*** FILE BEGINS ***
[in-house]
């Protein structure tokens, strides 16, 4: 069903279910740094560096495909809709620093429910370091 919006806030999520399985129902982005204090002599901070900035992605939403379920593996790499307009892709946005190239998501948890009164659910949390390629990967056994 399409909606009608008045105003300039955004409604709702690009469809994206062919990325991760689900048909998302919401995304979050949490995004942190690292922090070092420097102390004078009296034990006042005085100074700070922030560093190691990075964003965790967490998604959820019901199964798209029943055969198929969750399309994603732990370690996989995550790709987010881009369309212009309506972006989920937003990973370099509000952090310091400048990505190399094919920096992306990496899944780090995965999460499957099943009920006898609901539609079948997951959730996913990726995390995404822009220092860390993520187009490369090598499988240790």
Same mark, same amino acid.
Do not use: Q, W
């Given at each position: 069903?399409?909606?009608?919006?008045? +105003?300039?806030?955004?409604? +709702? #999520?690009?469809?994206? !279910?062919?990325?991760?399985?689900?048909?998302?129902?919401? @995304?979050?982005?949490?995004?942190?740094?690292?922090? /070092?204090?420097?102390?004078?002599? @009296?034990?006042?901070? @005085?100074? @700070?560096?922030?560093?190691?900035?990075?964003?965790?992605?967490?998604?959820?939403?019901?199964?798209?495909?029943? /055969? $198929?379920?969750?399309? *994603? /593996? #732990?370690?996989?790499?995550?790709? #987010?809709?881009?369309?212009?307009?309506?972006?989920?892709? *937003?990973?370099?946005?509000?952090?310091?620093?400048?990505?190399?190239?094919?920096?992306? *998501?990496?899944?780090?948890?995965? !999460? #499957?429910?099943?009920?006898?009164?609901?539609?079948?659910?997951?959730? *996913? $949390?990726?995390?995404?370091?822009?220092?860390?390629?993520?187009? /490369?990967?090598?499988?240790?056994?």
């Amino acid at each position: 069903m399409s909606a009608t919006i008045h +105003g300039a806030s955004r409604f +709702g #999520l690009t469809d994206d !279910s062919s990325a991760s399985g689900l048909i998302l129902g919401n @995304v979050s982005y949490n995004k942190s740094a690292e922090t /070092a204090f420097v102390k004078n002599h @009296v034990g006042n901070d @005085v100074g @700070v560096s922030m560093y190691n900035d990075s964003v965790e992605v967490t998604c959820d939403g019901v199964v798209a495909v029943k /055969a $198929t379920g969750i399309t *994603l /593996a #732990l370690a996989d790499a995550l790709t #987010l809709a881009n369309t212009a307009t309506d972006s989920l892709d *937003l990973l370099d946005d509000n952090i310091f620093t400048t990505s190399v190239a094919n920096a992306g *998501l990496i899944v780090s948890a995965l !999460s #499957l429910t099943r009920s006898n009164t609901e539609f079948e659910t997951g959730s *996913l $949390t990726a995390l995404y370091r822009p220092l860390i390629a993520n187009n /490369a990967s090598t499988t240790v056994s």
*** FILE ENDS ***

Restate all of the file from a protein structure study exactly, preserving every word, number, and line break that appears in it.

[in-house]
């Protein structure tokens, strides 16, 4: 069903279910740094560096495909809709620093429910370091 919006806030999520399985129902982005204090002599901070900035992605939403379920593996790499307009892709946005190239998501948890009164659910949390390629990967056994 399409909606009608008045105003300039955004409604709702690009469809994206062919990325991760689900048909998302919401995304979050949490995004942190690292922090070092420097102390004078009296034990006042005085100074700070922030560093190691990075964003965790967490998604959820019901199964798209029943055969198929969750399309994603732990370690996989995550790709987010881009369309212009309506972006989920937003990973370099509000952090310091400048990505190399094919920096992306990496899944780090995965999460499957099943009920006898609901539609079948997951959730996913990726995390995404822009220092860390993520187009490369090598499988240790």
Same mark, same amino acid.
Do not use: Q, W
């Given at each position: 069903?399409?909606?009608?919006?008045? +105003?300039?806030?955004?409604? +709702? #999520?690009?469809?994206? !279910?062919?990325?991760?399985?689900?048909?998302?129902?919401? @995304?979050?982005?949490?995004?942190?740094?690292?922090? /070092?204090?420097?102390?004078?002599? @009296?034990?006042?901070? @005085?100074? @700070?560096?922030?560093?190691?900035?990075?964003?965790?992605?967490?998604?959820?939403?019901?199964?798209?495909?029943? /055969? $198929?379920?969750?399309? *994603? /593996? #732990?370690?996989?790499?995550?790709? #987010?809709?881009?369309?212009?307009?309506?972006?989920?892709? *937003?990973?370099?946005?509000?952090?310091?620093?400048?990505?190399?190239?094919?920096?992306? *998501?990496?899944?780090?948890?995965? !999460? #499957?429910?099943?009920?006898?009164?609901?539609?079948?659910?997951?959730? *996913? $949390?990726?995390?995404?370091?822009?220092?860390?390629?993520?187009? /490369?990967?090598?499988?240790?056994?």
């Amino acid at each position: 069903m399409s909606a009608t919006i008045h +105003g300039a806030s955004r409604f +709702g #999520l690009t469809d994206d !279910s062919s990325a991760s399985g689900l048909i998302l129902g919401n @995304v979050s982005y949490n995004k942190s740094a690292e922090t /070092a204090f420097v102390k004078n002599h @009296v034990g006042n901070d @005085v100074g @700070v560096s922030m560093y190691n900035d990075s964003v965790e992605v967490t998604c959820d939403g019901v199964v798209a495909v029943k /055969a $198929t379920g969750i399309t *994603l /593996a #732990l370690a996989d790499a995550l790709t #987010l809709a881009n369309t212009a307009t309506d972006s989920l892709d *937003l990973l370099d946005d509000n952090i310091f620093t400048t990505s190399v190239a094919n920096a992306g *998501l990496i899944v780090s948890a995965l !999460s #499957l429910t099943r009920s006898n009164t609901e539609f079948e659910t997951g959730s *996913l $949390t990726a995390l995404y370091r822009p220092l860390i390629a993520n187009n /490369a990967s090598t499988t240790v056994s």